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Little Maryatts

Like most common names, "Little Maryatt" can refer to more than one taxon. They're previewed below, along with 8 specimens. For more detail click through to the scientific names.

Mayfly Genus Epeorus

These are often called Little Maryatts.
There is remarkable variety of form and color within this prolific genus of fast-water mayflies. Different species are found across the country, and several cause good hatches. Fly anglers are likely to encounter the lesser species on occasion, too.

The best Epeorus hatch in the East is Epeorus pleuralis, the famous Quill Gordon, the first abundant large mayfly hatch of the year. Epeorus vitreus comes a little later and is important in both the East and Midwest.

In the West, Epeorus longimanus dominates in fast, high-altitude streams, while Epeorus albertae inhabits slower and lower waters.
Epeorus (Little Maryatts) Mayfly NymphEpeorus (Little Maryatts) Mayfly Nymph View 9 Pictures
Collected May 6, 2007 from in
Added to Troutnut.com by on May 18, 2007
Male Epeorus frisoni Mayfly DunMale Epeorus frisoni  Mayfly Dun View 9 PicturesI collected this male dun together with a female spinner, a female dun, and another male dun.
Collected September 6, 2006 from in
Added to Troutnut.com by on October 3, 2006
Female Epeorus vitreus (Sulphur) Mayfly SpinnerFemale Epeorus vitreus (Sulphur) Mayfly Spinner View 9 Pictures
Collected September 19, 2006 from in
Added to Troutnut.com by on October 4, 2006

Mayfly Species Ephemerella dorothea dorothea

These are sometimes called Little Maryatts.
Ephemerella dorothea consists of two subspecies (Subspecies: Entomologists sometimes further divide a species into distinct groups called subspecies, which have two lower-case words on the end of their scientific name instead of one. The latter is the sub-species name. For example, Maccaffertium mexicanum mexicanum and Maccaffertium mexicanum integrum are two different subspecies of Maccaffertium mexicanum.), which both produce excellent action. Ephemerella dorothea dorothea is a small species of Sulphur in the East, and Ephemerella dorothea infrequens (formerly Ephemerella infrequens) is one of the two main Pale Morning Dun hatches of the West. The remainder of this page focuses on the dorothea dorothea subspecies (Subspecies: Entomologists sometimes further divide a species into distinct groups called subspecies, which have two lower-case words on the end of their scientific name instead of one. The latter is the sub-species name. For example, Maccaffertium mexicanum mexicanum and Maccaffertium mexicanum integrum are two different subspecies of Maccaffertium mexicanum.), and Ephemerella dorothea infrequens is discussed separately on its own page.

This is one of the most challenging mayfly hatches on Eastern waters. On many streams, it follows or overlaps hatches of the larger, lingering Ephemerella invaria.
Ephemerella dorothea dorothea (Pale Evening Dun) Mayfly NymphEphemerella dorothea dorothea (Pale Evening Dun) Mayfly Nymph View 6 PicturesI keyed this nymph carefully under a microscope to check that it's Ephemerella dorothea.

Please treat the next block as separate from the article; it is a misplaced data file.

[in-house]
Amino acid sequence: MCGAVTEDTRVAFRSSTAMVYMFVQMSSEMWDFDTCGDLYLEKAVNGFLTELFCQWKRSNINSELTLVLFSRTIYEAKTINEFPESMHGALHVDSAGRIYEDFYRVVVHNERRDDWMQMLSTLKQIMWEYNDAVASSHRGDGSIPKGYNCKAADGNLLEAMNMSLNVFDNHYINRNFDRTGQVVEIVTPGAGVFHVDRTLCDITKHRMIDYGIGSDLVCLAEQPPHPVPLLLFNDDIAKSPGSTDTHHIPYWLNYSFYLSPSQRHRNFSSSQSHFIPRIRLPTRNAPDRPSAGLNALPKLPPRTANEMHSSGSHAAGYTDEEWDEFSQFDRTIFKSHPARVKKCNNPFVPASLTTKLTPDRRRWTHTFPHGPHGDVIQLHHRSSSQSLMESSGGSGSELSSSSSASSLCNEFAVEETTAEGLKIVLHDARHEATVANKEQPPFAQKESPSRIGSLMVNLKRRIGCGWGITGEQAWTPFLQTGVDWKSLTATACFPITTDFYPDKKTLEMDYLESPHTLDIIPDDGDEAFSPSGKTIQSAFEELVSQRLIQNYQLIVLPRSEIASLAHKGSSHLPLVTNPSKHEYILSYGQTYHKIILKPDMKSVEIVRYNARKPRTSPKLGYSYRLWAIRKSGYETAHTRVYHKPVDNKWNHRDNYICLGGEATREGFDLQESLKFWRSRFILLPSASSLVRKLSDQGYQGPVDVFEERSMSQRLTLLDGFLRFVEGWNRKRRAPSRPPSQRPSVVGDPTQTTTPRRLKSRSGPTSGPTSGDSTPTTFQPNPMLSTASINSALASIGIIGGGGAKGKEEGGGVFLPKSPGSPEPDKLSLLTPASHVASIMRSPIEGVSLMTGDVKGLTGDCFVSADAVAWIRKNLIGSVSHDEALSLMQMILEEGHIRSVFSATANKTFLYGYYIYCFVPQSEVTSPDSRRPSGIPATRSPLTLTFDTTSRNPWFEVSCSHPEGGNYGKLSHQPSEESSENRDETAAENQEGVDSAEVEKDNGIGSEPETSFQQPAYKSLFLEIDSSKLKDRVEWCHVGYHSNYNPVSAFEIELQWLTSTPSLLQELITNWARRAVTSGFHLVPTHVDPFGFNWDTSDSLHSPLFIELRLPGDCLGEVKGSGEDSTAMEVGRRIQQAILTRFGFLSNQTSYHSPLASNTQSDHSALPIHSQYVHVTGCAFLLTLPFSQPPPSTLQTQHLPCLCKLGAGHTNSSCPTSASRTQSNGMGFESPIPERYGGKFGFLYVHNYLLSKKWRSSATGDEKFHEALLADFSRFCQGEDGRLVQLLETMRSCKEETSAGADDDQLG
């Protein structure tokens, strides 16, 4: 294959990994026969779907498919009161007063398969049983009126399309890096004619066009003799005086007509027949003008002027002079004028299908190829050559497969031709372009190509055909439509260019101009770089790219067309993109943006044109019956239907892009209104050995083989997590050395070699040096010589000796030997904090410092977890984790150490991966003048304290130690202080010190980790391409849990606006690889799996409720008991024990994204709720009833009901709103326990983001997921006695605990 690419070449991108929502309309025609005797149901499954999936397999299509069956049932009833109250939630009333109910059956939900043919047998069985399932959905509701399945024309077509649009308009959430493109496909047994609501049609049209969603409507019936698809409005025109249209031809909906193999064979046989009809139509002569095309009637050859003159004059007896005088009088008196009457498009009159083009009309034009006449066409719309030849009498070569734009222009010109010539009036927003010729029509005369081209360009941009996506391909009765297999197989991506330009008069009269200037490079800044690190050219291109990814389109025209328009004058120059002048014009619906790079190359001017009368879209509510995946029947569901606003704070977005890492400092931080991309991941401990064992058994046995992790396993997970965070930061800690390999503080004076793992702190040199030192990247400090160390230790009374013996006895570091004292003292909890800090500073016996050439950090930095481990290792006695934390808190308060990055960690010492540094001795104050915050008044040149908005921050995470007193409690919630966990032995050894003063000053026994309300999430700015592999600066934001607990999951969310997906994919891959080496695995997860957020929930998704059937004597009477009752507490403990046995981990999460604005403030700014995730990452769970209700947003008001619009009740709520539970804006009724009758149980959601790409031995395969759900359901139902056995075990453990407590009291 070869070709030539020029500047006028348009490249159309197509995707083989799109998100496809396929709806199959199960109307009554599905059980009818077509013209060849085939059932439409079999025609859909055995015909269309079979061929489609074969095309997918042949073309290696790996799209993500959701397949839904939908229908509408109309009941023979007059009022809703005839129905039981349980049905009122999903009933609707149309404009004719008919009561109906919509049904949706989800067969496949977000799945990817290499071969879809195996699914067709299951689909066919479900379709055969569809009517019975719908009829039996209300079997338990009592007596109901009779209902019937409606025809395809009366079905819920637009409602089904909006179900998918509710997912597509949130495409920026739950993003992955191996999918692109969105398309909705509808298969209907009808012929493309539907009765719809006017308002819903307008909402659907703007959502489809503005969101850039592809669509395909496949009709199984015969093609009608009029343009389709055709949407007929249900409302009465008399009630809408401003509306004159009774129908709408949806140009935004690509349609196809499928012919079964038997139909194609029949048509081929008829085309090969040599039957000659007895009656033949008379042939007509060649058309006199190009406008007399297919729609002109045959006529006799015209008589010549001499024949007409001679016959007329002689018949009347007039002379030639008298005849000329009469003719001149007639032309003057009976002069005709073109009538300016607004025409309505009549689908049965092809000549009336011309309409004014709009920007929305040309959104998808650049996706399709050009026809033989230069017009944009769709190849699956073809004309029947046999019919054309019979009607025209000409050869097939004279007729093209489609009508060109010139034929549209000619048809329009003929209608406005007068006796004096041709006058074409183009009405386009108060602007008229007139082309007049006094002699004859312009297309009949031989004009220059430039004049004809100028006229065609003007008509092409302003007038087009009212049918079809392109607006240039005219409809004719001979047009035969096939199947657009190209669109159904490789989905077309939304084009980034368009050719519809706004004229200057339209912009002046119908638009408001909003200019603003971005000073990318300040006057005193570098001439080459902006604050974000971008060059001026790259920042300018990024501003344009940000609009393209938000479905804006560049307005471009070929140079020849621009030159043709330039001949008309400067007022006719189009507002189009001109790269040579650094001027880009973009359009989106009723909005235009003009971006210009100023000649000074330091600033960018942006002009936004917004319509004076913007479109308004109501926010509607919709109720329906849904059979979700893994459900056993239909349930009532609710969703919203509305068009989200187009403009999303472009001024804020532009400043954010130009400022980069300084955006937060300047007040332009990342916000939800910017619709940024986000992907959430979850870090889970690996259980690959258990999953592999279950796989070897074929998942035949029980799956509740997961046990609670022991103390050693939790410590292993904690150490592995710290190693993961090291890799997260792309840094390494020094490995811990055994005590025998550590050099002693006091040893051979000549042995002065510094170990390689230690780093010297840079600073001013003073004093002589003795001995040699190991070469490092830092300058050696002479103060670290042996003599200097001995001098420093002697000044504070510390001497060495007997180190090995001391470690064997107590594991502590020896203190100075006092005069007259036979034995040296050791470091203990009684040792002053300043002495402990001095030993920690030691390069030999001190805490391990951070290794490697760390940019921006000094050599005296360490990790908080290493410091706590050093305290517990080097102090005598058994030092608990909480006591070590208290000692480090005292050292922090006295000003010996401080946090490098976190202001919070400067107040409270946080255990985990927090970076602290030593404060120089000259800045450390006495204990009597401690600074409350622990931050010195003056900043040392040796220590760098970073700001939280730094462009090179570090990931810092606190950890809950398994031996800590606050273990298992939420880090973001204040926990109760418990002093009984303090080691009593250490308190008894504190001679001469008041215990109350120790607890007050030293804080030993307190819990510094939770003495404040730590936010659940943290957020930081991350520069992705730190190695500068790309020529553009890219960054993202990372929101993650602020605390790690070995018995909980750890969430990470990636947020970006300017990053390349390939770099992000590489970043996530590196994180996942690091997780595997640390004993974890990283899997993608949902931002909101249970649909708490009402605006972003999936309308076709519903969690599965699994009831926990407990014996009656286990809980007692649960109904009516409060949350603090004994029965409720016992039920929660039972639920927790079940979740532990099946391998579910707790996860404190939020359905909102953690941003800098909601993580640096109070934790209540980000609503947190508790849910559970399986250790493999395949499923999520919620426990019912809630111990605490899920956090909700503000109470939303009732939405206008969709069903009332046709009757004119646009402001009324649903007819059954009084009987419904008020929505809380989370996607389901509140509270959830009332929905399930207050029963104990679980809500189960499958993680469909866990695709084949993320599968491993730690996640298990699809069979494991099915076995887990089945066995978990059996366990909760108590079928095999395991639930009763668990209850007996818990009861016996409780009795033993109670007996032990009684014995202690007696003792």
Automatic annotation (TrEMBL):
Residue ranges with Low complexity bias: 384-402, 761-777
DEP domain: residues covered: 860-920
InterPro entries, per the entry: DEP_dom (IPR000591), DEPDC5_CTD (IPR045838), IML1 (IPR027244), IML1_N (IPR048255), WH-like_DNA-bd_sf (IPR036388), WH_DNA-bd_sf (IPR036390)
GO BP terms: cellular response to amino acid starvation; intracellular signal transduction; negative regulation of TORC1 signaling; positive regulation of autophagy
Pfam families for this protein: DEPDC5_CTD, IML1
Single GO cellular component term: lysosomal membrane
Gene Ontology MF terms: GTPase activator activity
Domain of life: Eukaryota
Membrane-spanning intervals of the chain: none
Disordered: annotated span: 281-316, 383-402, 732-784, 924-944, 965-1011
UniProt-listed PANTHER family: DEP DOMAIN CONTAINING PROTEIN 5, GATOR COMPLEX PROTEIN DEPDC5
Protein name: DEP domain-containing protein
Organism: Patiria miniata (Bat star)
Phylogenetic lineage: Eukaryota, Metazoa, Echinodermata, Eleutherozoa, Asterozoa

Collected May 29, 2007 from in
Added to Troutnut.com by on June 4, 2007

Mayfly Species Ephemerella invaria

These are very rarely called Little Maryatts.
This species, the primary "Sulphur" hatch, stirs many feelings in the angler. There is nostalgia for days when everything clicked and large, selective trout were brought to hand. There is the bewildering memory of towering clouds of spinners which promise great fishing and then vanish back into the aspens as night falls. There is frustration from the maddening selectivity with which trout approach the emerging duns--a vexing challenge that, for some of us, is the source of our excitement when Sulphur time rolls around.

Ephemerella invaria is one of the two species frequently known as Sulphurs (the other is Ephemerella dorothea). There used to be a third, Ephemerella rotunda, but entomologists recently discovered that invaria and rotunda are a single species with an incredible range of individual variation. This variation and the similarity to the also variable dorothea make telling them apart exceptionally tricky.

As the combination of two already prolific species, this has become the most abundant of all mayfly species in Eastern and Midwestern trout streams.
Ephemerella invaria (Sulphur Dun) Mayfly NymphEphemerella invaria (Sulphur Dun) Mayfly Nymph View 8 PicturesThis small Ephemerella invaria nymph was at least a month away from emergence.
Collected April 19, 2006 from in
Added to Troutnut.com by on April 21, 2006
Male Ephemerella invaria (Sulphur Dun) Mayfly DunMale Ephemerella invaria (Sulphur Dun) Mayfly Dun View 7 Pictures
Collected May 26, 2007 from in
Added to Troutnut.com by on June 4, 2007
Male Ephemerella invaria (Sulphur Dun) Mayfly SpinnerMale Ephemerella invaria (Sulphur Dun) Mayfly Spinner View 12 Pictures
Collected June 3, 2005 from in
Added to Troutnut.com by on May 24, 2006
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